Skin care brand Yes To has been ordered to pay out US$775,000 in damages for buyers of its Grapefruit Vitamin C Glow Boosting Unicorn Paper Mask, following complaints of ‘burning, blistering and swelling’.
One plaintiff is said to have experienced severe skin irritation and burning while using the mask, breaking out in a sunburn-like rash, according to the action filed against the firm in January 2020, reported Law360.
Other users said they had experienced pain, severe facial irritation and redness.
The product’s ingredient list includes Aloe barbadensis leaf juice, glycerin, Citrus grandis fruit extract, beta-glucan, galactoarabinan, sodium hydroxide and caprylhydroxamic acid.
The brand also stocks a mud mask (pictured) as part of its Grapefruit Vitamin C Glow Boosting range.
Prior to the complaint lodged, Yes To said it would remove the Unicorn Mask from all stores in early January.
This was followed by a voluntary recall from the FDA on 16 January that all Yes To’s Unicorn Masks be removed due to consumer complaints.
“While our products are all independently tested for safety, irritation and allergy, and while we provide both warnings and instructions on our products about the potential skin irritation, the safety and satisfaction of our customers are our main concerns,” said the brand.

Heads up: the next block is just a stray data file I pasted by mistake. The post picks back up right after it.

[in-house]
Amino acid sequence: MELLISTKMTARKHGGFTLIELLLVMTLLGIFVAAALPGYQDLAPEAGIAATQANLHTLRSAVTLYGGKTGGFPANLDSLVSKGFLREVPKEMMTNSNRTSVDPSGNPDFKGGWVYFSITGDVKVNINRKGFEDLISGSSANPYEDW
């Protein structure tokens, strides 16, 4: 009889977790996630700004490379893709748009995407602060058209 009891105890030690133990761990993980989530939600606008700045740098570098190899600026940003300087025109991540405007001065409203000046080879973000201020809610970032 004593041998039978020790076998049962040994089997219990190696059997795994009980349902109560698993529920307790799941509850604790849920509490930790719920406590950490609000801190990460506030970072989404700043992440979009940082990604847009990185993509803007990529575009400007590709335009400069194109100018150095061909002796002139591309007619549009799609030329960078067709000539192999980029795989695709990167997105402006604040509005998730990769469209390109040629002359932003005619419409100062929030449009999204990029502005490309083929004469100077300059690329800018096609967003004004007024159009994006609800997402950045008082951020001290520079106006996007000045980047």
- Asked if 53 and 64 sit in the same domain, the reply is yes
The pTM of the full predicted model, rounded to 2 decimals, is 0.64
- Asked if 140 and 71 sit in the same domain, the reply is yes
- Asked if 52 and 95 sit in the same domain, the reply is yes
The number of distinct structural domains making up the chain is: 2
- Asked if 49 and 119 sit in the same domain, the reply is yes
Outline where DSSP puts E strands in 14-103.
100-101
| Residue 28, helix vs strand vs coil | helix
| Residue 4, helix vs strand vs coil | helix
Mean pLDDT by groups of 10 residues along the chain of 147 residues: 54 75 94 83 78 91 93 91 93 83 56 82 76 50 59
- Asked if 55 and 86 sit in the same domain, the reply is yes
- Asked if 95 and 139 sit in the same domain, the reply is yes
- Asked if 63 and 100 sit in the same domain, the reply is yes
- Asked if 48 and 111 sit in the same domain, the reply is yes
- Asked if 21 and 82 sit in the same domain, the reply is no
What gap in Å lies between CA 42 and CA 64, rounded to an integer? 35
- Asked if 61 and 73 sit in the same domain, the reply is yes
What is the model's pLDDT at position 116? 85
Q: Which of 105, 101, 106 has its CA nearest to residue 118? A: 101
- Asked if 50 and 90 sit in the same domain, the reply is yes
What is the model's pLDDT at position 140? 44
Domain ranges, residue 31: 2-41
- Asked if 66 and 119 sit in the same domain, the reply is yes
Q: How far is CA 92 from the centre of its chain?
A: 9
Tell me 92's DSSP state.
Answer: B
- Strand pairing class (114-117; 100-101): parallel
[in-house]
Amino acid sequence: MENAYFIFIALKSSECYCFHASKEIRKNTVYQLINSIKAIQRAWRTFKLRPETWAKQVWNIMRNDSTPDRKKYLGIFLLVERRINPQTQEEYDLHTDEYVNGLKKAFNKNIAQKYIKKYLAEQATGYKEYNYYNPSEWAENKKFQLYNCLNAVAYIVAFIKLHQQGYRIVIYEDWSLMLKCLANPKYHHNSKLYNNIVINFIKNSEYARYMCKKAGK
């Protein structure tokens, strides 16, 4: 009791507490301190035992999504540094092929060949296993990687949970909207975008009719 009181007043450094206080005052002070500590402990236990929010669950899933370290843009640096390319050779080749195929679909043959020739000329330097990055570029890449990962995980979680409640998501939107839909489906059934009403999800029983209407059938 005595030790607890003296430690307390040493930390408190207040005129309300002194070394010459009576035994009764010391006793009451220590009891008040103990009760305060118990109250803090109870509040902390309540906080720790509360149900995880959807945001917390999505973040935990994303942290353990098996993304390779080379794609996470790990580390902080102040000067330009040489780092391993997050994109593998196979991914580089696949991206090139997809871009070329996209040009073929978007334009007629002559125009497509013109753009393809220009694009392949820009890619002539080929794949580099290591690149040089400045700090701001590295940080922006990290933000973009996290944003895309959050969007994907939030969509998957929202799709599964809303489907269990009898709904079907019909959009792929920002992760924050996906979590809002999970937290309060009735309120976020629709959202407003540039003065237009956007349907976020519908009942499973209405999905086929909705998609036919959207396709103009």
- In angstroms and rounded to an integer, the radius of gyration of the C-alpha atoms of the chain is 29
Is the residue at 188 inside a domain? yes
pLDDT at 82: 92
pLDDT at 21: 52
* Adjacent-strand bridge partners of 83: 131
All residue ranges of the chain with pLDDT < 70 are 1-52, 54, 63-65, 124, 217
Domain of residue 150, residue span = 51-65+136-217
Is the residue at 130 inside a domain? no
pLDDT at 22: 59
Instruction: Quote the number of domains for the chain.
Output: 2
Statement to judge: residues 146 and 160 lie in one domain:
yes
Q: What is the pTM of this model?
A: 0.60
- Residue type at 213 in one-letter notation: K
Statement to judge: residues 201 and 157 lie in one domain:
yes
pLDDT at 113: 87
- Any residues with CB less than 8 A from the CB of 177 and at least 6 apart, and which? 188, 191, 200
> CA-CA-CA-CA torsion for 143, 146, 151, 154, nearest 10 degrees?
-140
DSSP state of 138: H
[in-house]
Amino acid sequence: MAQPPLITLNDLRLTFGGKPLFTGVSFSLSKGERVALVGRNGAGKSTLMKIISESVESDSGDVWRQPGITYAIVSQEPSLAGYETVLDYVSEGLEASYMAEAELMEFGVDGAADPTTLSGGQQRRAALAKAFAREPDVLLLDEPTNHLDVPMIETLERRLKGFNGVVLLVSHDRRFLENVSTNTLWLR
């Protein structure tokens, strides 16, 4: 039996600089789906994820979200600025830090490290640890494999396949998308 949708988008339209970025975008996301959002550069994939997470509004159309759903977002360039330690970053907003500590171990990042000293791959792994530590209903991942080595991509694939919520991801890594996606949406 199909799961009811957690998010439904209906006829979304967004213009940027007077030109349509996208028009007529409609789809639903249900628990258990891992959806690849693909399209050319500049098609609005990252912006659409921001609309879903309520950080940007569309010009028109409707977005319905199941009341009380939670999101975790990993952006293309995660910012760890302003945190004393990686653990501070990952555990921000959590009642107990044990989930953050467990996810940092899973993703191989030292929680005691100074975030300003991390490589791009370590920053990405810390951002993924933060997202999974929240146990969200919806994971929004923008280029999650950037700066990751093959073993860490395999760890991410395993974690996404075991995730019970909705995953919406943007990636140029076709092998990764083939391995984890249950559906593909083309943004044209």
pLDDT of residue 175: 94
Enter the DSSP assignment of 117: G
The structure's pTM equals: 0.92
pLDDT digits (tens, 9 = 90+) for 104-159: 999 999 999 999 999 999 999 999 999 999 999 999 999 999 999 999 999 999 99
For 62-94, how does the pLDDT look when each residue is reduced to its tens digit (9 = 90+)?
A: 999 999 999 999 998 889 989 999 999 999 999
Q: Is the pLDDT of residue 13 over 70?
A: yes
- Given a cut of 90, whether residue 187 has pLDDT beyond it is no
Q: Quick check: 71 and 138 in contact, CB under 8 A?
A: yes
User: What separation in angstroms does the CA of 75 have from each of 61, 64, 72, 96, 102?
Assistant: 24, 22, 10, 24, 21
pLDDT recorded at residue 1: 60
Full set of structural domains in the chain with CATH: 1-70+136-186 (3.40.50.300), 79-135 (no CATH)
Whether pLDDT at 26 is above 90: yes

“We apologise to anyone who was affected in this way, especially over the holiday season.”
However complainants said Yes To knew about the product’s issues “months” before the recall.
One Facebook user had been directed to speak to customer services after complaining about irritation from the mask in September 2019, according to the plaintiffs.
The consumers, therefore, argued that Yes To was aware of the defective masks but failed to remedy the issues and “misrepresented and/or omitted facts regarding the dangers”.
They added: “This delay allowed the Defendant to reap a significant financial windfall over the Christmas season, while putting its customers at risk.
“Due to the Defendant’s behaviour, consumers were forced to suffer the consequences while the Defendant reaped significant financial compensation from unsuspecting consumers.”
Data provided by the consumers showed the company sold around 250,000 masks, bringing in nearly $730,000 in revenue.
Yes To denied liability in June 2020, citing it no longer manufactured the product.
The damages are expected to cover the $3 cost of the mask or used for up to six masks for each purchaser, while three of the primary complainants are seeking $5,000 in awards.
A version of Yes To's Grapefruit Vitamin C Glow Boosting range is available to purchase via Beauty Bay and The Hut Group's Lookfantastic.
Cosmetics Business has reached out to Yes To for comment